Between August 1980 and January 1981, White was hospitalized three times for symptoms related to depression. During the third hospitalization, White acknowledged that he had been passing bad checks and was under indictment for this crime. His symptoms improved after White addressed this situation.


During his incarceration from April 1981 until February 1983, White was treated with two medications used to control and prevent seizure activity. No tests performed on White revealed the existence of epilepsy or other disorder that might cause seizures and dizziness. Evidently, White claimed that he experienced dizziness and blackouts when he failed to take therapeutic amounts of medication. White was reported to be evasive, manipulative, and uncooperative during a February 1982 psychological evaluation. The examiner concluded that White was trying to look bad or to exaggerate illness. White worked regularly while in prison.


At White's supplemental hearing, a psychiatrist testified that, in his opinion formed after reviewing the medical evidence, White did not have a severe psychological impairment prior to the expiration of insured status on December 31, 1982. Rather, the psychiatrist described White's condition as mild. A vocational expert (VE) also testified at the hearing. The VE stated that an individual fitting White's profile could perform a number of jobs involving light work, and that such jobs existed in the regional economy.


The Secretary determined that White's mental impairments were not as severe as claimed. Among the factors weighing against White in this determination were his lack of cooperation during various psychological tests, his criminal history involving dishonesty, and the absence of a history of significant treatment for the claimed disorder. On the record before us, and given the weight to be accorded the Secretary's properly supported credibility determinations, we will not disturb the Secretary's finding on this matter. See Hammond v. Heckler, 765 F.2d 424" date_filed="1985-06-24" court="4th Cir." case_name="Peggy R. HAMMOND, Appellant, v. Margaret M. HECKLER, Secretary of Health and Human Services, Appellee">765 F.2d 424, 426 (4th Cir.1985); Shively v. Heckler, 739 F.2d 987" date_filed="1984-08-28" court="4th Cir." case_name="James Kenneth SHIVELY, Appellant, v. Margaret M. HECKLER, Secretary of Health and Human Services, Appellee">739 F.2d 987, 988-90 (4th Cir.1984).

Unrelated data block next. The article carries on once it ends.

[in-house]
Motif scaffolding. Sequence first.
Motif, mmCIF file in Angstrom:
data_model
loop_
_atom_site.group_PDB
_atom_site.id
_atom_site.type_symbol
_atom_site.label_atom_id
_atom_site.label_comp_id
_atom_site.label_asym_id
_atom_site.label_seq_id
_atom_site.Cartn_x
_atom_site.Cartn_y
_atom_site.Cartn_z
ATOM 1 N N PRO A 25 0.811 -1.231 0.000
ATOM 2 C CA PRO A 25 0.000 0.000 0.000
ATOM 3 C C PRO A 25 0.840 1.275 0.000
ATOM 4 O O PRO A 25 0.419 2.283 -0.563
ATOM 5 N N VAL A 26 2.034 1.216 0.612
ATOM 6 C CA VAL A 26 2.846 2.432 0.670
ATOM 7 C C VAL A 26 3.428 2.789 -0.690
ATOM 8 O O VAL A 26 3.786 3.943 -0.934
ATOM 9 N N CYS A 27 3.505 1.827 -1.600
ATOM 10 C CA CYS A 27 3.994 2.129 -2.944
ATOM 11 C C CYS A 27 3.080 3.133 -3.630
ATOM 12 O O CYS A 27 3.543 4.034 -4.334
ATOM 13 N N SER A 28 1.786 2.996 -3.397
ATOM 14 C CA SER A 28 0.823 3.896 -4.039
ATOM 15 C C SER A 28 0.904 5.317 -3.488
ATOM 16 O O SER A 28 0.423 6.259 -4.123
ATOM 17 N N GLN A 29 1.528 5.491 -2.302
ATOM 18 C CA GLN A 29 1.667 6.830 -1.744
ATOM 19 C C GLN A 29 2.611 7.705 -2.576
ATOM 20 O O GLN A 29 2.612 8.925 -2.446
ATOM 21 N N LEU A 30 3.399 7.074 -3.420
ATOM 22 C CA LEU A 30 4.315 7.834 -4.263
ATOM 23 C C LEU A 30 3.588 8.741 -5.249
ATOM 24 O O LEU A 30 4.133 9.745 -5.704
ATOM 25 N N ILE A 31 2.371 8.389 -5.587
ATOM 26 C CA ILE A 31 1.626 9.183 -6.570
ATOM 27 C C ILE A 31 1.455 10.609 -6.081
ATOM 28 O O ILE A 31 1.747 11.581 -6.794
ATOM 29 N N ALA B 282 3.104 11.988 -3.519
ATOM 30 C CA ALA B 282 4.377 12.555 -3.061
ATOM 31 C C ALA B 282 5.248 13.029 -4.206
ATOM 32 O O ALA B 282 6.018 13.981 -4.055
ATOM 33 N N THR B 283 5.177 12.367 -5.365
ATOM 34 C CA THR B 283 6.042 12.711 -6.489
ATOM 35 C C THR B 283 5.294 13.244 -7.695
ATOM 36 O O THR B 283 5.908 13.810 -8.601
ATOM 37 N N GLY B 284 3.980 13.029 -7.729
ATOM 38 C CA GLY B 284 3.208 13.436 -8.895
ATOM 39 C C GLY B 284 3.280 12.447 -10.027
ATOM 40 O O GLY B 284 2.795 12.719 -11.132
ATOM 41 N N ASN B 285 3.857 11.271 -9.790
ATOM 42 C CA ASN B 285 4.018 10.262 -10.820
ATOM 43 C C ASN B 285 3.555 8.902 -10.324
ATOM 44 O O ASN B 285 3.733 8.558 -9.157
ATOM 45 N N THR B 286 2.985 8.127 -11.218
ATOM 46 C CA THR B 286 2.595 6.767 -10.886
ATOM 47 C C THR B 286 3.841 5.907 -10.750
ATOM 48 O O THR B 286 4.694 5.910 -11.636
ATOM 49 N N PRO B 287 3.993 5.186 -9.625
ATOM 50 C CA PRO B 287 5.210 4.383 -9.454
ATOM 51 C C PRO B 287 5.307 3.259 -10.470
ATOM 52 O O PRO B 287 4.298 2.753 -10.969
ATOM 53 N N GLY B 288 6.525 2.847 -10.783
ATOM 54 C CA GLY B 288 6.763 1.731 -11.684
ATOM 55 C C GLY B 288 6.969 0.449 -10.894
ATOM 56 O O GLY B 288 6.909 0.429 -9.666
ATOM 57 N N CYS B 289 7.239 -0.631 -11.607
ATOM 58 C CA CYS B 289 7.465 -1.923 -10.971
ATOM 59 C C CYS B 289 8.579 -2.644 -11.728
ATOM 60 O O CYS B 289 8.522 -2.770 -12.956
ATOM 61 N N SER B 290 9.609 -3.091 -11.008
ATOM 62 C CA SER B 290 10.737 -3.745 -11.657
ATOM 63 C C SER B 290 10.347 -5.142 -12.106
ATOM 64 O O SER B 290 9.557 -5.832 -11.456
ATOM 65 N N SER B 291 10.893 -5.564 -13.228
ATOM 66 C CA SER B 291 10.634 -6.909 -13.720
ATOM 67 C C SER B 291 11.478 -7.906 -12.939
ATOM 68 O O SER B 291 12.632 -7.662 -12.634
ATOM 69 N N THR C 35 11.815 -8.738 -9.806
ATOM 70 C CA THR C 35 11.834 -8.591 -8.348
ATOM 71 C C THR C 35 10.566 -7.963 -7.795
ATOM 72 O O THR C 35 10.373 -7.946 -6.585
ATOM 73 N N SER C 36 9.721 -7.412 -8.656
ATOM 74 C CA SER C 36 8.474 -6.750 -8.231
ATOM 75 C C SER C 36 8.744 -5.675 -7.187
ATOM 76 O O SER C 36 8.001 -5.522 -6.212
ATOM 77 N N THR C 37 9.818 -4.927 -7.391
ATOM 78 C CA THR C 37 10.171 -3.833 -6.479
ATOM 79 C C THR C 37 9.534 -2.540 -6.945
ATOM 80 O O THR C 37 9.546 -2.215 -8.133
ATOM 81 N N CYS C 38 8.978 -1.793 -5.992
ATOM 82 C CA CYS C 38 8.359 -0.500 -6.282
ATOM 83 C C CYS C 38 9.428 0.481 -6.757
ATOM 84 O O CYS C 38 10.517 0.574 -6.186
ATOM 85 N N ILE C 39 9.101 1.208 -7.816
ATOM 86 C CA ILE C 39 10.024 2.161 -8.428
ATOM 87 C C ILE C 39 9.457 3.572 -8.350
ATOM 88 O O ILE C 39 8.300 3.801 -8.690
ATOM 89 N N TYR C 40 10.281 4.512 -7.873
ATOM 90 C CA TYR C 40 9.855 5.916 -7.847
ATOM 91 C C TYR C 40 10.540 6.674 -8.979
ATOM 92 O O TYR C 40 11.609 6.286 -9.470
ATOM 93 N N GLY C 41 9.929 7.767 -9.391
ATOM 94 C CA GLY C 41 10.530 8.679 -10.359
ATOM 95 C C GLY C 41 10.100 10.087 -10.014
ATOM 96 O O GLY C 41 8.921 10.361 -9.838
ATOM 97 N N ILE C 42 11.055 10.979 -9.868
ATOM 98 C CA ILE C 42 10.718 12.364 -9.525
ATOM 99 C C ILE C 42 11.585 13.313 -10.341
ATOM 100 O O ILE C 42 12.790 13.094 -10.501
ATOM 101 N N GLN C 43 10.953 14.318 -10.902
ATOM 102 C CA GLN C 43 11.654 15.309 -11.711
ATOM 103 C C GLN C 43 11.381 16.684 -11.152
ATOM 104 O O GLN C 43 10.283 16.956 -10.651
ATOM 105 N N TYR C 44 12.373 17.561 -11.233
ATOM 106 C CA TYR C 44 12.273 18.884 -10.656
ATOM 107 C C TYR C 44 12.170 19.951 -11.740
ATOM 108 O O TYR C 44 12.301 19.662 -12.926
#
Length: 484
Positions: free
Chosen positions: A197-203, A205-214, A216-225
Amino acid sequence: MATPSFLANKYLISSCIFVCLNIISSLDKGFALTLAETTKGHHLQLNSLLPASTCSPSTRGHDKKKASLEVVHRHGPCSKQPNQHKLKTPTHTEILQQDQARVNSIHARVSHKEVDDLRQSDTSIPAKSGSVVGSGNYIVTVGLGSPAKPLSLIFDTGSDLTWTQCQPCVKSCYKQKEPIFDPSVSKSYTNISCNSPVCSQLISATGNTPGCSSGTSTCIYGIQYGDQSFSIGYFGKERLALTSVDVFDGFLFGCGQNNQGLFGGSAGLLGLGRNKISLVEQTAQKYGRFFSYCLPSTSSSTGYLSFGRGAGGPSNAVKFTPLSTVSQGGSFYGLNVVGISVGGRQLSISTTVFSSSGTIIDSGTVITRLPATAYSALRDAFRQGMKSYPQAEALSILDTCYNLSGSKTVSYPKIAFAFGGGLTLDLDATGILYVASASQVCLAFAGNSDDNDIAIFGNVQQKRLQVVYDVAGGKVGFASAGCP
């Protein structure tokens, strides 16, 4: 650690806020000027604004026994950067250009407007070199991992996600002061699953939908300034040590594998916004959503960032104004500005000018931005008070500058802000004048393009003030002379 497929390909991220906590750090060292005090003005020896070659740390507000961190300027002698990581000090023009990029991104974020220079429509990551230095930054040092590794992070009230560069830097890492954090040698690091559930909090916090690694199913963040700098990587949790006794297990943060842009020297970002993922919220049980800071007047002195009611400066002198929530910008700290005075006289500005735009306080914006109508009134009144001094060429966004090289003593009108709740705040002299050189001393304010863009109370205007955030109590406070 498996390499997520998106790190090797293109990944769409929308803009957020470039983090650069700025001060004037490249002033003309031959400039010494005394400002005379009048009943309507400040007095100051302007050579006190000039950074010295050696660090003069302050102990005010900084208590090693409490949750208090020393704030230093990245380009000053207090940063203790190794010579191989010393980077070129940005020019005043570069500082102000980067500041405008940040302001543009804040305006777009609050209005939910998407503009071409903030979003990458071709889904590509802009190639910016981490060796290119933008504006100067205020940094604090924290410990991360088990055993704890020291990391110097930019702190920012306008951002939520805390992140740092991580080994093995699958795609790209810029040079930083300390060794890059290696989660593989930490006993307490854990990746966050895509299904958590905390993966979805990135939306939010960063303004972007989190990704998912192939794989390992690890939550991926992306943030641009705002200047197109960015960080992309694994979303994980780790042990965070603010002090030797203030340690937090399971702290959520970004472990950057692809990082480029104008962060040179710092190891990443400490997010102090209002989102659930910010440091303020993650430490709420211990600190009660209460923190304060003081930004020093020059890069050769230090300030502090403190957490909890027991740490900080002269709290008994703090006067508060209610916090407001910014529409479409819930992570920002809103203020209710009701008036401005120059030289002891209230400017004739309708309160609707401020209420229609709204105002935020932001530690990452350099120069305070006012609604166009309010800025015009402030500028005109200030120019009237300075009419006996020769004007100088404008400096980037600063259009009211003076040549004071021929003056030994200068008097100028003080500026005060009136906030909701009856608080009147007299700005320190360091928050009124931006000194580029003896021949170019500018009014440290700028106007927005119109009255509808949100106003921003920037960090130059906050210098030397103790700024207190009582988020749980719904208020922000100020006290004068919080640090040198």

The Secretary determined that, while White was disabled from his past work, he remained able to perform work of a lesser exertional level and so was not disabled. Given the medical evidence, the properly supported credibility determination that White's mental condition was not as severe as claimed, the testimony of the vocational expert, and the other relevant evidence of record, we find that the Secretary's decision was supported by substantial evidence. See Hays v. Sullivan, 907 F.2d 1453" date_filed="1990-07-11" court="4th Cir." case_name="Jackie L. HAYS, Jr., Plaintiff-Appellant, v. Louis W. SULLIVAN, Secretary of Health and Human Services, Defendant-Appellee">907 F.2d 1453, 1456 (4th Cir.1990).


As our review of the record and other materials before us reveals that it would not significantly aid the decisional process, we dispense with oral argument. The judgment of the district court is affirmed.